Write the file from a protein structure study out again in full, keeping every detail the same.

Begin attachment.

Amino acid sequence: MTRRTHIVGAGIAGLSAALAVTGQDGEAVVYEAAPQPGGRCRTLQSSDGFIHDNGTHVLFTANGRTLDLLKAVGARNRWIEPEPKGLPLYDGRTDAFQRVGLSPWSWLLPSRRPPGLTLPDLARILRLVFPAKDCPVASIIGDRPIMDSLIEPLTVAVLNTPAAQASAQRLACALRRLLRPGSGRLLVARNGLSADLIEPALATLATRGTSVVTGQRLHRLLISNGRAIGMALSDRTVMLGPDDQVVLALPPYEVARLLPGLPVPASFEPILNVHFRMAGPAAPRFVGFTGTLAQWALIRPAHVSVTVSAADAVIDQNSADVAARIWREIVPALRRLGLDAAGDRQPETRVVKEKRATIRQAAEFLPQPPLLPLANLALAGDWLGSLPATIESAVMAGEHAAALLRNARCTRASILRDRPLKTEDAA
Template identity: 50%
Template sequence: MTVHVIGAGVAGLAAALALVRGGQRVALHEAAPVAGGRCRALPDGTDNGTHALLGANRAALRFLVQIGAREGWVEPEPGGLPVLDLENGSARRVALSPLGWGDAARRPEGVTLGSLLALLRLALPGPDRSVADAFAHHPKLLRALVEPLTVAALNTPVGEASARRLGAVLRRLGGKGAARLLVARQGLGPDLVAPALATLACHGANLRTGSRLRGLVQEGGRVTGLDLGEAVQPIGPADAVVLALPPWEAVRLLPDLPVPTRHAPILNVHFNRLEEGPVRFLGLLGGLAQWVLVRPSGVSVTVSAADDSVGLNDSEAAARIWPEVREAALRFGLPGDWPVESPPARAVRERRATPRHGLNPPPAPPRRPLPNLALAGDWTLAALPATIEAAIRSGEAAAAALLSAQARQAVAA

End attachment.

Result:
Amino acid sequence: MTRRTHIVGAGIAGLSAALAVTGQDGEAVVYEAAPQPGGRCRTLQSSDGFIHDNGTHVLFTANGRTLDLLKAVGARNRWIEPEPKGLPLYDGRTDAFQRVGLSPWSWLLPSRRPPGLTLPDLARILRLVFPAKDCPVASIIGDRPIMDSLIEPLTVAVLNTPAAQASAQRLACALRRLLRPGSGRLLVARNGLSADLIEPALATLATRGTSVVTGQRLHRLLISNGRAIGMALSDRTVMLGPDDQVVLALPPYEVARLLPGLPVPASFEPILNVHFRMAGPAAPRFVGFTGTLAQWALIRPAHVSVTVSAADAVIDQNSADVAARIWREIVPALRRLGLDAAGDRQPETRVVKEKRATIRQAAEFLPQPPLLPLANLALAGDWLGSLPATIESAVMAGEHAAALLRNARCTRASILRDRPLKTEDAA
Template identity: 50%
Template sequence: MTVHVIGAGVAGLAAALALVRGGQRVALHEAAPVAGGRCRALPDGTDNGTHALLGANRAALRFLVQIGAREGWVEPEPGGLPVLDLENGSARRVALSPLGWGDAARRPEGVTLGSLLALLRLALPGPDRSVADAFAHHPKLLRALVEPLTVAALNTPVGEASARRLGAVLRRLGGKGAARLLVARQGLGPDLVAPALATLACHGANLRTGSRLRGLVQEGGRVTGLDLGEAVQPIGPADAVVLALPPWEAVRLLPDLPVPTRHAPILNVHFNRLEEGPVRFLGLLGGLAQWVLVRPSGVSVTVSAADDSVGLNDSEAAARIWPEVREAALRFGLPGDWPVESPPARAVRERRATPRHGLNPPPAPPRRPLPNLALAGDWTLAALPATIEAAIRSGEAAAAALLSAQARQAVAA